Malaria's Many Mates: Challenges and Opportunities of Haemosporidian Systematics
If you would like to attend the talk, please register for the EEMB seminar series for access to the webinar.
Dr. Susan Perkins
Martin and Michele Cohen Dean of Science
The City College of New York
The Order Haemosporida is a large and very diverse clade of protistan parasites. While the five species of Plasmodium that commonly infect humans are far and away the best studied, there are hundreds of other lineages that utilize a wide variety of both vertebrate and dipteran hosts. These varied taxa offer many opportunities to understand how key traits such as cell invasion, hemoglobin metabolism, and host switches evolved within the group. However, these opportunities are predicated on robust phylogenetic trees for the relationship amongst these species and genera, and these have been extremely challenging to construct. I will share the history of how the field has moved from using just simple characters of host use and life histories to morphometric analysis and eventually to employing molecular data. This progression has been hampered -- and at times downright misled -- by multiple genetic oddities of these parasites. While our understanding of the deep evolutionary history of this clade is very far from complete, improvements in both the breadth of samples that are studied as well as key advances in obtaining genomic data offer great promise for the path ahead.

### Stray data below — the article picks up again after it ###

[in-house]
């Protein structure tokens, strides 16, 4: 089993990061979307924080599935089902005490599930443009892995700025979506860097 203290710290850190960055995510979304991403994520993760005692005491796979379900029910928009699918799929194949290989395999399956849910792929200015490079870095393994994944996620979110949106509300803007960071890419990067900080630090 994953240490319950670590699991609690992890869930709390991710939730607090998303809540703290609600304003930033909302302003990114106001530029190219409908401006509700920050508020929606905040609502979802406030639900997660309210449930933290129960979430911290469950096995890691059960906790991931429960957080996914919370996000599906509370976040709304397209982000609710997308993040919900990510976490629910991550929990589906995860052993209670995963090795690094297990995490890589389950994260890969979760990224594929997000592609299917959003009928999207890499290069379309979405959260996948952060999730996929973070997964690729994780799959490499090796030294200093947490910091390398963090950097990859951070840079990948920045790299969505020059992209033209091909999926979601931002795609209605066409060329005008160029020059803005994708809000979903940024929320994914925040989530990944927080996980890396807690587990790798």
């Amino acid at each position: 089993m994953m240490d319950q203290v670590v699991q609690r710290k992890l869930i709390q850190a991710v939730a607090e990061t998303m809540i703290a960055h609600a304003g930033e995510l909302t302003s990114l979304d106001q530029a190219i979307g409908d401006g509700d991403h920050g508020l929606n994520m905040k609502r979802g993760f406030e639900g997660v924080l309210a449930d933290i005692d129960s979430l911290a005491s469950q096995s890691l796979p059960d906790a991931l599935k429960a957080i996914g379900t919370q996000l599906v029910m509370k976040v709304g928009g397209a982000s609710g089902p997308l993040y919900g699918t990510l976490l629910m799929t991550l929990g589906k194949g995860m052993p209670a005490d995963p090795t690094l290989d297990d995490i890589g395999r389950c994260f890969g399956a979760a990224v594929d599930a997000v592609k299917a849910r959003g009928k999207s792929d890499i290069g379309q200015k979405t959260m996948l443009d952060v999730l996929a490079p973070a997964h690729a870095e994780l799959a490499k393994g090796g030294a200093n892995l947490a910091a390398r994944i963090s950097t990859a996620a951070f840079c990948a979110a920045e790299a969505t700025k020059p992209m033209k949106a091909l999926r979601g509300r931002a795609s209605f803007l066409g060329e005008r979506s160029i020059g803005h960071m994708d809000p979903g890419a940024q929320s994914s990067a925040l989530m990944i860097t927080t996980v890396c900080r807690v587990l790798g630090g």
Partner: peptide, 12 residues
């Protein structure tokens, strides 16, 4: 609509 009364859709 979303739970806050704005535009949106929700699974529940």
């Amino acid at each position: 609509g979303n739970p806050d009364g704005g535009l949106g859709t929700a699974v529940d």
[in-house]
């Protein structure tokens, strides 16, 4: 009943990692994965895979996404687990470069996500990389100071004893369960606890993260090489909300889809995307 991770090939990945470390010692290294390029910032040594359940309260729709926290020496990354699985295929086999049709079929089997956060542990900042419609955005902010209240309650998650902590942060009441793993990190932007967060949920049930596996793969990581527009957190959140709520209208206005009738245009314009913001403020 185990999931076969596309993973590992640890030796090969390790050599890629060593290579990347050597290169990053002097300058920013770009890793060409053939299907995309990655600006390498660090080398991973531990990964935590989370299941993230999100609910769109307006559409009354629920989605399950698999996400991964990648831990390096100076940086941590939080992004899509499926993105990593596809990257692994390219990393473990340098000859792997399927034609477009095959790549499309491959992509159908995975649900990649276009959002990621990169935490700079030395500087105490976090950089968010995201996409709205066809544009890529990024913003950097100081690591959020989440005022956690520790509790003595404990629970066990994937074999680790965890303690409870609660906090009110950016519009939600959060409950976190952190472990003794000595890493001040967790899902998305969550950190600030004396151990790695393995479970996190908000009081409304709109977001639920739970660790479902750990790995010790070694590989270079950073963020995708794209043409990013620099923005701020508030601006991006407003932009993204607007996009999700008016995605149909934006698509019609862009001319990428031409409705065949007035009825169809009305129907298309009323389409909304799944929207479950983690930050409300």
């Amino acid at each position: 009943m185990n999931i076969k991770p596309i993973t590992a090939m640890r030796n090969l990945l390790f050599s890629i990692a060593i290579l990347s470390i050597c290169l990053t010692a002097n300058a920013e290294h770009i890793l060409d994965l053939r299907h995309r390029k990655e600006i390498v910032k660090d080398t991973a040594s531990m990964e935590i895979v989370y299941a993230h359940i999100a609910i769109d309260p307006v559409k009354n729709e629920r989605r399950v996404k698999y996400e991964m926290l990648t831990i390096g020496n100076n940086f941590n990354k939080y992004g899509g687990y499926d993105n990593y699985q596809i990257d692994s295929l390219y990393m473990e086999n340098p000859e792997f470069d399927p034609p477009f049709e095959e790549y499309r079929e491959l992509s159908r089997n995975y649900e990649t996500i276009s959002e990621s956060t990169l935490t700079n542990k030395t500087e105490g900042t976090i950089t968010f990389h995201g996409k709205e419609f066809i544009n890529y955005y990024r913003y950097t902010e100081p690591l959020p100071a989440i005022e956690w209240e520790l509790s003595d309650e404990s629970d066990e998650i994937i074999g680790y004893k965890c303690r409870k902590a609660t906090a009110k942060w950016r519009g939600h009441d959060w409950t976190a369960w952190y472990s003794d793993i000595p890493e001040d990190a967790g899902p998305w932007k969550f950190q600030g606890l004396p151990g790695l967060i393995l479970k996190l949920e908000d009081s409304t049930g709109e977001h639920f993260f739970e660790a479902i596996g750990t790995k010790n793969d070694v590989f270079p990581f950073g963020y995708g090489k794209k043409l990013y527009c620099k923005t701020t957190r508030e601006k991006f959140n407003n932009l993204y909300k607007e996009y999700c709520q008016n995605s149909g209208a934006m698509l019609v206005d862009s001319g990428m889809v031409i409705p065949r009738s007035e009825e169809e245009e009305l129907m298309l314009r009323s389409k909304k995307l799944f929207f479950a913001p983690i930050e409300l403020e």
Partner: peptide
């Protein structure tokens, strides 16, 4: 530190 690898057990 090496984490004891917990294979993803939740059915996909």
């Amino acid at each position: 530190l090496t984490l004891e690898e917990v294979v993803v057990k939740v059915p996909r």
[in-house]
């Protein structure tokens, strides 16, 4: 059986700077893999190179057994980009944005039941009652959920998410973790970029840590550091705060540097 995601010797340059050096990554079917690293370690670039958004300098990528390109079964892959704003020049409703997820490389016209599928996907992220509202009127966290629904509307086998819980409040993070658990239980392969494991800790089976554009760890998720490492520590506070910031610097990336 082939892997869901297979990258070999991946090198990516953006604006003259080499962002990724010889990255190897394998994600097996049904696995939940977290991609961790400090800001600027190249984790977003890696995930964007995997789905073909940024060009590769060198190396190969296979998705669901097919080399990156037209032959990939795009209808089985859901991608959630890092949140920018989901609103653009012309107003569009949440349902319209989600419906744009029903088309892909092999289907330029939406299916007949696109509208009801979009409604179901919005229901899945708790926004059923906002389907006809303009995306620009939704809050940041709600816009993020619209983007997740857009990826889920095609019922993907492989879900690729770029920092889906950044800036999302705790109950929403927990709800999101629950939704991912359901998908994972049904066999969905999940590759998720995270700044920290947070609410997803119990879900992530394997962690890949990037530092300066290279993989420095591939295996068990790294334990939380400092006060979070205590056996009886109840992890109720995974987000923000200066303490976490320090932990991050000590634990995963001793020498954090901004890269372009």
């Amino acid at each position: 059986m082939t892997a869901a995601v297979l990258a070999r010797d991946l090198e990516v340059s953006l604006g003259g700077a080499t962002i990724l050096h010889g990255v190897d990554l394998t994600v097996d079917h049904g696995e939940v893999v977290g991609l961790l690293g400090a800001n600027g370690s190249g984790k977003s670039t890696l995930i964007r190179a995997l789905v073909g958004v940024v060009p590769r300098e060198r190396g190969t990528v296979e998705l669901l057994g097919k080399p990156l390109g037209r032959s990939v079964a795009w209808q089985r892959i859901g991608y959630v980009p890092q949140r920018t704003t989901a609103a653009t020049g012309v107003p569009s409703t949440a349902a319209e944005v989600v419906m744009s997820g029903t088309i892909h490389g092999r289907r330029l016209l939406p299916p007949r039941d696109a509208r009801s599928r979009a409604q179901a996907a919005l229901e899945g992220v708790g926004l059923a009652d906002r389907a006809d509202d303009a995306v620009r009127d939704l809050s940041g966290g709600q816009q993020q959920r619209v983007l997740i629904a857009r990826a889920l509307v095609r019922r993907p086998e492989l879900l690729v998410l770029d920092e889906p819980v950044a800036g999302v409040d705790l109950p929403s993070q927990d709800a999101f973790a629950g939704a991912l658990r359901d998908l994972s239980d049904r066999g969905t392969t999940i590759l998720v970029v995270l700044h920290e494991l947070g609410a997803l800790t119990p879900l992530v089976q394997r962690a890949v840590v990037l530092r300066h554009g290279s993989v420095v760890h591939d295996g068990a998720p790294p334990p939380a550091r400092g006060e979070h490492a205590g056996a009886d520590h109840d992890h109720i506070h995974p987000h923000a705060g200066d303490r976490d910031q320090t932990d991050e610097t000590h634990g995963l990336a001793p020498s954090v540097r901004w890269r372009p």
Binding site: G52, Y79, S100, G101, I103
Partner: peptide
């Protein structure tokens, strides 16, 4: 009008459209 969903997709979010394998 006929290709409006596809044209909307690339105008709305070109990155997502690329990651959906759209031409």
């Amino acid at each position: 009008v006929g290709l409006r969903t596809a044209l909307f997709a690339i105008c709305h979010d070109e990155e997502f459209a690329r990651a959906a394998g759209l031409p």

Dr. Susan Perkins has been the Martin and Michele Cohen Dean of Science at the City College of New York since 2020. Her lab conducts research on a wide array of systems that involve parasitic and other symbiotic relationships with wild organisms. She conducts evolutionary, systematic, and genomic research on the order of parasites that includes those that cause malaria in humans. Lab members have studied these parasites in a variety of hosts ranging from lizards to bats, to deer, birds, and turtles. Students in her lab have studied other parasites such as trypanosomes, canine heartworm, ectoparasites, and trypanosomes. They are also interested in the causes of variation in the microbiomes of wild vertebrates and arthropods, as well as the interactions of parasites and microbiomes in these animals. Prior to her current position, Dr. Perkins worked a Curator and Professor for the American Museum of Natural History (AMNH) from 2004 to 2020. She co-curated an exhibit on the human microbiome called “The Secret Life Inside You.” From 2010 to 2011, she was a Program Director for the National Science Foundation (NSF), Division of Environmental Biology. She was an Assistant Professor at the University of Colorado from 2001 to 2004. Her publications portfolio includes 76 peer-reviewed articles and 2 books. Dr. Perkins earned her B.A. in Biology at the State University of New York (SUNY) at Potsdam, and her PhD at the University of Vermont. Dr. Perkins was the President of the American Society of Parasitologists from 2017-2018 and a Council Member for the Society of Systematic Biologists in both 2012-2015 and 2018-2021. She won the Distinguished Alumna Award at SUNY at Potsdam in 2013 and gave the Daniel C. Wilhoft Lecture in Ecology and Evolution at Rutgers University at Newark in 2011.